Much of the course is about graphs and it will help but is not essential to have some familiarity with graphs and their basic properties (although this can easily be picked up along the way). In addition we will use the notions and basic properties of eigenvalues/eigenvectors, abelian groups, polynomial rings, fields, ideals, tensors, tensor products - all of what is needed is typically covered in any undergraduate mathematics degree, and much of it can also be easily picked up along the way.
Aim of the course
The application of algebraic methods in combinatorics has been remarkably successful in recent years. Examining combinatorial problems from an algebraic perspective also yields connections to combinatorial geometry, probability theory and theoretical computer science. In this course we study some of the most important of these methods and their applications. The two main themes are spectral graph theory and the polynomial method.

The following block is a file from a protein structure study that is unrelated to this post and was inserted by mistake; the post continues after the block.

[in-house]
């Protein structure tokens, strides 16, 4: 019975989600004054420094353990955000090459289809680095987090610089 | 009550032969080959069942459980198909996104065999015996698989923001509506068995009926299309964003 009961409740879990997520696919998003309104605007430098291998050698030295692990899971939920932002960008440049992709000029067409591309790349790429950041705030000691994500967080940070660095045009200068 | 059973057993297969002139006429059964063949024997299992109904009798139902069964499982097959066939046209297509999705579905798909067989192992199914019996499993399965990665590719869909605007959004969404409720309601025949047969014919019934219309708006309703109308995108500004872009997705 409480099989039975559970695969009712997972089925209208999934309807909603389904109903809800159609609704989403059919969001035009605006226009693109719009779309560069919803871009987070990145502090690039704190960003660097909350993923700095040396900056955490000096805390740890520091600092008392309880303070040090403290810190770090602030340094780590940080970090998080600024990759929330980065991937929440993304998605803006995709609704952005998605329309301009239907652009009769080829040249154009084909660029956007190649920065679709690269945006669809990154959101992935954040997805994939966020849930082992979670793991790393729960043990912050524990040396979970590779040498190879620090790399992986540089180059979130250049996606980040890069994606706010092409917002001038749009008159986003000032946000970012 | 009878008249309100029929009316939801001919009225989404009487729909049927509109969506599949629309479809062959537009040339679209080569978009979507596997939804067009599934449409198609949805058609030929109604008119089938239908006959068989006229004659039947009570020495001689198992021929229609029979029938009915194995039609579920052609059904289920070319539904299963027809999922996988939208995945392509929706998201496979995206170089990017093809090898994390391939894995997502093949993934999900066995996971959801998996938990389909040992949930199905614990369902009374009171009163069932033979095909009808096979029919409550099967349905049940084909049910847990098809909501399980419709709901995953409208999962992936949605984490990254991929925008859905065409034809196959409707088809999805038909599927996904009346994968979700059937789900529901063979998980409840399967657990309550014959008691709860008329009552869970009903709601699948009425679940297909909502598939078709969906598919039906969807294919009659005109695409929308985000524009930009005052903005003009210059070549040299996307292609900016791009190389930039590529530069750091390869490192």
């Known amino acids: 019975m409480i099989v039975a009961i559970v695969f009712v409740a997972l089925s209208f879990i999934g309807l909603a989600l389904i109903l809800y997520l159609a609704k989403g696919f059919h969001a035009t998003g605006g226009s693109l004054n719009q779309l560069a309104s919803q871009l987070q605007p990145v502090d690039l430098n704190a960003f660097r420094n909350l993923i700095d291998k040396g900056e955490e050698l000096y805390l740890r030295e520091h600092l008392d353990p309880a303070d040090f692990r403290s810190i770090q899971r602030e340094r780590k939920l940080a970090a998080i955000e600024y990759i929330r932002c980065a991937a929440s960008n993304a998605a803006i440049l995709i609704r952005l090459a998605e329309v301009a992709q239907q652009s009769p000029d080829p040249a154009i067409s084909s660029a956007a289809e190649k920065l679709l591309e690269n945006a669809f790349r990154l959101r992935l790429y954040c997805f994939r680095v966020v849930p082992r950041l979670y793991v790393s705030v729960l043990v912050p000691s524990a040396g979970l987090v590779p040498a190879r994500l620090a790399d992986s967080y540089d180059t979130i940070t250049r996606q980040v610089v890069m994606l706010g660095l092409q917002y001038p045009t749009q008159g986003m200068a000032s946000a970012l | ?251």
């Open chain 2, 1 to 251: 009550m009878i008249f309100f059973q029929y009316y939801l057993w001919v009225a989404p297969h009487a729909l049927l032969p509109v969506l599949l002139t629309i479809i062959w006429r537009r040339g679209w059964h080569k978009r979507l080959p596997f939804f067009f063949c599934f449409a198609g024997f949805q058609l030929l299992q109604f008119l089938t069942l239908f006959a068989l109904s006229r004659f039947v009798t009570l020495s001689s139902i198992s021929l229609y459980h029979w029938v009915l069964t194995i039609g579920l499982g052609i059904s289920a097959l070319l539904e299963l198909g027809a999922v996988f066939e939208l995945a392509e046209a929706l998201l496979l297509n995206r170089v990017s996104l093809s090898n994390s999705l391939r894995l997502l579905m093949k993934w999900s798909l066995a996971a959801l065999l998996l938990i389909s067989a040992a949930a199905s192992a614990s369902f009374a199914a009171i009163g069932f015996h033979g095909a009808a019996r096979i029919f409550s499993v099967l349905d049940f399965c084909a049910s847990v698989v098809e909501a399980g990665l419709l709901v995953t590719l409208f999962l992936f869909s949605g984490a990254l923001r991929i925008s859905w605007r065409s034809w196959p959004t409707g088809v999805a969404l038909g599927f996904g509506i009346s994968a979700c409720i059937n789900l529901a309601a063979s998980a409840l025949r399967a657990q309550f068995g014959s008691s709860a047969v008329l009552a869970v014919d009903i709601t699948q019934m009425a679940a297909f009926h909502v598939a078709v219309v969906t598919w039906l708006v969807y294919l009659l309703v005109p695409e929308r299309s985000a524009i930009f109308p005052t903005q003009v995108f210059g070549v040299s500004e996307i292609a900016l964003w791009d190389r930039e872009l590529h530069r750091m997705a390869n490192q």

Spectral graph theory reveals fundamental information about a graph from its spectrum, i.e., the eigenvalues of the graph's adjacency matrix (or sometimes its Laplacian). We will study three important notions in graph theory from the spectral perspective: graph expansion and the Cheeger inequality, quasirandomness, and graph partitioning. Graph expansion plays an important role in the analysis of random walks which in turn leads to fast algorithms in computer science. Quasirandomness is a measure of how random-like a graph is (a fundamental concept in extremal combinatorics which is at the heart of Szemeredi's regularity lemma for example). Partitioning a graph into parts that interact only weakly is of fundamental practical importance and we will see how spectral techniques can be used to obtain such partitions.
The polynomial method is a relatively recent innovation in combinatorics borrowing some of the philosophy of algebraic geometry. We cover Hilbert's Nullstellensatz and Alon's combinatorial Nullstellensatz and apply these to problems in additive number theory and graph colouring. We treat some very recent applications of the polynomial method to cap set problems. We will also look at stable polynomials to give a construction of Ramanujan graphs (an important family of expander graphs).
Viresh Patel and Guus Regts